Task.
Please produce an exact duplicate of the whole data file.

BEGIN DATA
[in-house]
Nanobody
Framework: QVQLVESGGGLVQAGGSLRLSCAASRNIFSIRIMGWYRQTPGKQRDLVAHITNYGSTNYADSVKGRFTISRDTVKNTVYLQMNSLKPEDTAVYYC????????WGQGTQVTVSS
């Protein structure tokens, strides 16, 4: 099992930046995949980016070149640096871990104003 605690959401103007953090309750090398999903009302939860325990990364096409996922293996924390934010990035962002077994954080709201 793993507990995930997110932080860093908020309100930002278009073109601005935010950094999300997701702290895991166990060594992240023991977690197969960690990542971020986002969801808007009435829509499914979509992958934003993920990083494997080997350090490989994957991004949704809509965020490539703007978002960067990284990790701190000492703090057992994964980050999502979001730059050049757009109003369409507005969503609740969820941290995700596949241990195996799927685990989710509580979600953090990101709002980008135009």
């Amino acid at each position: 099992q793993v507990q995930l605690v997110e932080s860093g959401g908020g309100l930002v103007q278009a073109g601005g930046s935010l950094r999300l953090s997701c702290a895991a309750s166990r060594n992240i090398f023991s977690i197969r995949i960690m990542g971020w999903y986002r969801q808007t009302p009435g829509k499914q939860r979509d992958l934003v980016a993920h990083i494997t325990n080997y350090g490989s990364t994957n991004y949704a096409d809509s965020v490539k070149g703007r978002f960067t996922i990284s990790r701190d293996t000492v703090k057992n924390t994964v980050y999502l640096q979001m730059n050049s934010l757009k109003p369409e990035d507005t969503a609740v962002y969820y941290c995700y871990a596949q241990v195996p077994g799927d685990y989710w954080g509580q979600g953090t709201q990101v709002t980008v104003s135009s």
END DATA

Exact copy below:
[in-house]
Nanobody
Framework: QVQLVESGGGLVQAGGSLRLSCAASRNIFSIRIMGWYRQTPGKQRDLVAHITNYGSTNYADSVKGRFTISRDTVKNTVYLQMNSLKPEDTAVYYC????????WGQGTQVTVSS
């Protein structure tokens, strides 16, 4: 099992930046995949980016070149640096871990104003 605690959401103007953090309750090398999903009302939860325990990364096409996922293996924390934010990035962002077994954080709201 793993507990995930997110932080860093908020309100930002278009073109601005935010950094999300997701702290895991166990060594992240023991977690197969960690990542971020986002969801808007009435829509499914979509992958934003993920990083494997080997350090490989994957991004949704809509965020490539703007978002960067990284990790701190000492703090057992994964980050999502979001730059050049757009109003369409507005969503609740969820941290995700596949241990195996799927685990989710509580979600953090990101709002980008135009």
């Amino acid at each position: 099992q793993v507990q995930l605690v997110e932080s860093g959401g908020g309100l930002v103007q278009a073109g601005g930046s935010l950094r999300l953090s997701c702290a895991a309750s166990r060594n992240i090398f023991s977690i197969r995949i960690m990542g971020w999903y986002r969801q808007t009302p009435g829509k499914q939860r979509d992958l934003v980016a993920h990083i494997t325990n080997y350090g490989s990364t994957n991004y949704a096409d809509s965020v490539k070149g703007r978002f960067t996922i990284s990790r701190d293996t000492v703090k057992n924390t994964v980050y999502l640096q979001m730059n050049s934010l757009k109003p369409e990035d507005t969503a609740v962002y969820y941290c995700y871990a596949q241990v195996p077994g799927d685990y989710w954080g509580q979600g953090t709201q990101v709002t980008v104003s135009s």